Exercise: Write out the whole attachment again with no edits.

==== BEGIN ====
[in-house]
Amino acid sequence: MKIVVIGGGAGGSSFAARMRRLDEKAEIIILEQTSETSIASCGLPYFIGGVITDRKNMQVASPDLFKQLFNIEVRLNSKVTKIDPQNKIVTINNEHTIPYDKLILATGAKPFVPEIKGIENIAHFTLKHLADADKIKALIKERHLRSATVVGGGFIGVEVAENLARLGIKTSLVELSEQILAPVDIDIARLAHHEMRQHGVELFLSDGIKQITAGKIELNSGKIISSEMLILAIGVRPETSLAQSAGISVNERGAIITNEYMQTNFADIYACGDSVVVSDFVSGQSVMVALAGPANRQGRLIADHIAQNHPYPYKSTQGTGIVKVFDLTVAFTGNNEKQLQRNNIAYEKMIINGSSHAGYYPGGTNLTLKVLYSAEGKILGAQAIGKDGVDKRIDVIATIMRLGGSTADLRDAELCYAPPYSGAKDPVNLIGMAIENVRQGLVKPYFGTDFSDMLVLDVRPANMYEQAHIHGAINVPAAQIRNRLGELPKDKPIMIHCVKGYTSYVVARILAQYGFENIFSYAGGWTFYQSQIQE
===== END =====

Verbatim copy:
[in-house]
Amino acid sequence: MKIVVIGGGAGGSSFAARMRRLDEKAEIIILEQTSETSIASCGLPYFIGGVITDRKNMQVASPDLFKQLFNIEVRLNSKVTKIDPQNKIVTINNEHTIPYDKLILATGAKPFVPEIKGIENIAHFTLKHLADADKIKALIKERHLRSATVVGGGFIGVEVAENLARLGIKTSLVELSEQILAPVDIDIARLAHHEMRQHGVELFLSDGIKQITAGKIELNSGKIISSEMLILAIGVRPETSLAQSAGISVNERGAIITNEYMQTNFADIYACGDSVVVSDFVSGQSVMVALAGPANRQGRLIADHIAQNHPYPYKSTQGTGIVKVFDLTVAFTGNNEKQLQRNNIAYEKMIINGSSHAGYYPGGTNLTLKVLYSAEGKILGAQAIGKDGVDKRIDVIATIMRLGGSTADLRDAELCYAPPYSGAKDPVNLIGMAIENVRQGLVKPYFGTDFSDMLVLDVRPANMYEQAHIHGAINVPAAQIRNRLGELPKDKPIMIHCVKGYTSYVVARILAQYGFENIFSYAGGWTFYQSQIQE